Part 1 of 3 to a story about an ancient underwater killer coming back and killing people.
Deep within the ocean blue, an earthquake shakes the ground. Lost for one-hundred-forty million years, a killer rises. It is death-black in color, and a massive length of three school buses, and a head the size of a car, it is the most fearsome and deadly predator ever to live on the planet.
Liopleurodon waited in silence for its prey to swim toward it. It sensed its prey, like the shark it was hunting.
The shark was a great white, well over thirty feet, and was oblivious to the dark shape rising beneath it.
This great white felt a great pain in the stomach, and then was swallowed whole by the colossal creature that was Liopleurodon. The head was severed at the gills, and the tail was severed and sank to the bottom of the sea. Being relatively close to shore, the head washed up onto land. It was found in Argentina by a boy no older than three, and he got the shock of his life when he saw the head of the great white.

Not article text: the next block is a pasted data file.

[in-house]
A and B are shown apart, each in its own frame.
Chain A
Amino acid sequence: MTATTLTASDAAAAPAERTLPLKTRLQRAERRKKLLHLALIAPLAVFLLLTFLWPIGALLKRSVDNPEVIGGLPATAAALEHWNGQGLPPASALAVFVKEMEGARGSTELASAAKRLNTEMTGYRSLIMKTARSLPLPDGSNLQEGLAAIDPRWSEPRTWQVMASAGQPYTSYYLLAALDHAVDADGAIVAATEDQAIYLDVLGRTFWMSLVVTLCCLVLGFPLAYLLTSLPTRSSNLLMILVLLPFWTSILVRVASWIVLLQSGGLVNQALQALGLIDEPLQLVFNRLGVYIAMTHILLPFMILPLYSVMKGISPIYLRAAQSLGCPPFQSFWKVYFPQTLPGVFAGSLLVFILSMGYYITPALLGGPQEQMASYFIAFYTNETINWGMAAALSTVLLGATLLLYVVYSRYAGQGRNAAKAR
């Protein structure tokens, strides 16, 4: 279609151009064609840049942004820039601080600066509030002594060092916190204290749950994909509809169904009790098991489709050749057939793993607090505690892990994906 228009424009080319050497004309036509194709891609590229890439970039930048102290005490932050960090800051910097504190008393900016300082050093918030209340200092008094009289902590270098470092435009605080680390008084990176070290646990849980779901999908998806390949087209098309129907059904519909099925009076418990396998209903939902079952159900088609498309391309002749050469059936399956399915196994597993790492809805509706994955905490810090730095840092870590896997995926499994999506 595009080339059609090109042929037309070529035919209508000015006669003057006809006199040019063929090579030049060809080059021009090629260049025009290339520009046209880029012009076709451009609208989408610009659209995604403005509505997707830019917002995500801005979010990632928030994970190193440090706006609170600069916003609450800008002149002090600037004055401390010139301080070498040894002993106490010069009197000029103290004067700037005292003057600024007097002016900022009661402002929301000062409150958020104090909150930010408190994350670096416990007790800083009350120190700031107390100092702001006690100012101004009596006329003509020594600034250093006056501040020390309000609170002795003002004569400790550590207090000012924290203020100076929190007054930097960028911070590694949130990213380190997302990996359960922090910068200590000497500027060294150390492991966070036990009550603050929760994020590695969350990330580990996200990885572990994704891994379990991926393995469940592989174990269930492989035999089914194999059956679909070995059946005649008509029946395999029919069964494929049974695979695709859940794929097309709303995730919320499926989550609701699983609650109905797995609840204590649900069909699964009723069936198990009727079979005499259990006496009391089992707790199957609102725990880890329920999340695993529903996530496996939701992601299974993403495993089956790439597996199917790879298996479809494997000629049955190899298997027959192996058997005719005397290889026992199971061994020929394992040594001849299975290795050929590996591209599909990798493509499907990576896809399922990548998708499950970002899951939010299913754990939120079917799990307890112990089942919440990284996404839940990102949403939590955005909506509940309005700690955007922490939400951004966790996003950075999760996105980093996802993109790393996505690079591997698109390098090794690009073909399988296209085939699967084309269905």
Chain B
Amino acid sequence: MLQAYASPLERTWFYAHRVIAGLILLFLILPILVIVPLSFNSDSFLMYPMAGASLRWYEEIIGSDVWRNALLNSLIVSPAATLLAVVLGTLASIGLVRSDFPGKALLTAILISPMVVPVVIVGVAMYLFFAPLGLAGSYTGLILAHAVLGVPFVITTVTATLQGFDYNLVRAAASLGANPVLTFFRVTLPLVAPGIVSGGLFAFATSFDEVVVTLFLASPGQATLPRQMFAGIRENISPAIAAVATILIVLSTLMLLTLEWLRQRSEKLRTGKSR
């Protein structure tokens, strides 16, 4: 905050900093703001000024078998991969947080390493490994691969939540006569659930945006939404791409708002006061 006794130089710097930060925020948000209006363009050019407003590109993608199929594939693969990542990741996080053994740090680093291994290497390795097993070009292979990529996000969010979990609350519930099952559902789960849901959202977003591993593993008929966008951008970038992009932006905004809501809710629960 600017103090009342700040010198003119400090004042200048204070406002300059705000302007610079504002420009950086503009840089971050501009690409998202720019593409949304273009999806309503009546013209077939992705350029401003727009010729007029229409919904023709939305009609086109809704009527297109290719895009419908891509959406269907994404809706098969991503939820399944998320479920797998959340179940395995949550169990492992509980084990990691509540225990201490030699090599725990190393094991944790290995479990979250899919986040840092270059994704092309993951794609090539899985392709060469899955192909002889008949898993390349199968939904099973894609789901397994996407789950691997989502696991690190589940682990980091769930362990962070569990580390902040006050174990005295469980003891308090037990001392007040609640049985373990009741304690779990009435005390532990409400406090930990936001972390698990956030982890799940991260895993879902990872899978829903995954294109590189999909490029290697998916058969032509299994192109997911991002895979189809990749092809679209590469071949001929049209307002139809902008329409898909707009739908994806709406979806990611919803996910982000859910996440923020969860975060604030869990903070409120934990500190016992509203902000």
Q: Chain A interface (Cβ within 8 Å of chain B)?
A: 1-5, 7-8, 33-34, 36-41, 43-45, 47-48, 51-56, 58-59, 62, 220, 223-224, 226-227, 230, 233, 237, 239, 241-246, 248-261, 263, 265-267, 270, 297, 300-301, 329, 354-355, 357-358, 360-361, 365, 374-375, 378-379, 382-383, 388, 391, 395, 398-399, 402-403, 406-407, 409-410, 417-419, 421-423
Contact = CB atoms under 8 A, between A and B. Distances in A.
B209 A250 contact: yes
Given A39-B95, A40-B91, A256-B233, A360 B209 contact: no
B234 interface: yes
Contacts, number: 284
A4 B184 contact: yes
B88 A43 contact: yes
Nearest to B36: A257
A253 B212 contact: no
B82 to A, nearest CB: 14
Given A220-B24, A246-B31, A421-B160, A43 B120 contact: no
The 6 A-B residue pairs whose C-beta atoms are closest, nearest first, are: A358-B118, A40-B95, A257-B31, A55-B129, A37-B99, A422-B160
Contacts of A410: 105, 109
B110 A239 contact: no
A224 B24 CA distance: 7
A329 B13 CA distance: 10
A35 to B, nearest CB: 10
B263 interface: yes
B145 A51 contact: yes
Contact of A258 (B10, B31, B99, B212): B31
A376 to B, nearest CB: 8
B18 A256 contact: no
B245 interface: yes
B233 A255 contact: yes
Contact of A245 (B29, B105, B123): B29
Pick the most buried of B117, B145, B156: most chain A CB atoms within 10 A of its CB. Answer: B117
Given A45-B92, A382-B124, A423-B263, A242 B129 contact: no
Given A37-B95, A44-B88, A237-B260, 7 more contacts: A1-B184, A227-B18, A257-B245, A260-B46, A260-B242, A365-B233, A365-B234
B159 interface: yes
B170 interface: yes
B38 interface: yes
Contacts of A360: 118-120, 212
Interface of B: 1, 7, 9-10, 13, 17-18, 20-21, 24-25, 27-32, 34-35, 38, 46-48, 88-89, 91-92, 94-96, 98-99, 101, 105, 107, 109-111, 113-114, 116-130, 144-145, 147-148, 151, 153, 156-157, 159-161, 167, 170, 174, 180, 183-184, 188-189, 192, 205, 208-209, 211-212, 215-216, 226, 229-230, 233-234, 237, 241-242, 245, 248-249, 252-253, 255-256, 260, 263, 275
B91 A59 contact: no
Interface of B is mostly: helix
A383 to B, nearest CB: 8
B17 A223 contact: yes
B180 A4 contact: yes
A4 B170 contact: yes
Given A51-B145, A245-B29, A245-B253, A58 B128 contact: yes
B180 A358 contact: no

“MOMMY!” he yelled, and then ran back to his house, about four feet away. His mother looked and called the authorities.
Although the police didn’t know what the heck could have done this to a great white (besides an orca; they have never seen one around here) they closed down the beaches for further investigation. They sent out a submarine pilot to check out the cove.
The pilot’s name was Harold Booty. He had lived around here for thirty years, and was trained for the military, and then he gathered a fascination for submarines.
He wanted to see what the heck would have done this crazy thing to a shark, especially a shark this big, and got in his submarine and went into deep water.